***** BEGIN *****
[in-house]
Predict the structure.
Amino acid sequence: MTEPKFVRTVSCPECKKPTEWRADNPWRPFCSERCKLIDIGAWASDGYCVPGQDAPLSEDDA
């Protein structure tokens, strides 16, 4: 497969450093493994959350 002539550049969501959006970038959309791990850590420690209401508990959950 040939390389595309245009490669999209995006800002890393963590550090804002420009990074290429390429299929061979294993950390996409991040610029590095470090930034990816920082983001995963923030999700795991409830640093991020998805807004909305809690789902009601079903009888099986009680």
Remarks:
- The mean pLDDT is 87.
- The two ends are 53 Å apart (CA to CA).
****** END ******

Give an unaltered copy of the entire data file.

[in-house]
Predict the structure.
Amino acid sequence: MTEPKFVRTVSCPECKKPTEWRADNPWRPFCSERCKLIDIGAWASDGYCVPGQDAPLSEDDA
């Protein structure tokens, strides 16, 4: 497969450093493994959350 002539550049969501959006970038959309791990850590420690209401508990959950 040939390389595309245009490669999209995006800002890393963590550090804002420009990074290429390429299929061979294993950390996409991040610029590095470090930034990816920082983001995963923030999700795991409830640093991020998805807004909305809690789902009601079903009888099986009680």
Remarks:
- The mean pLDDT is 87.
- The two ends are 53 Å apart (CA to CA).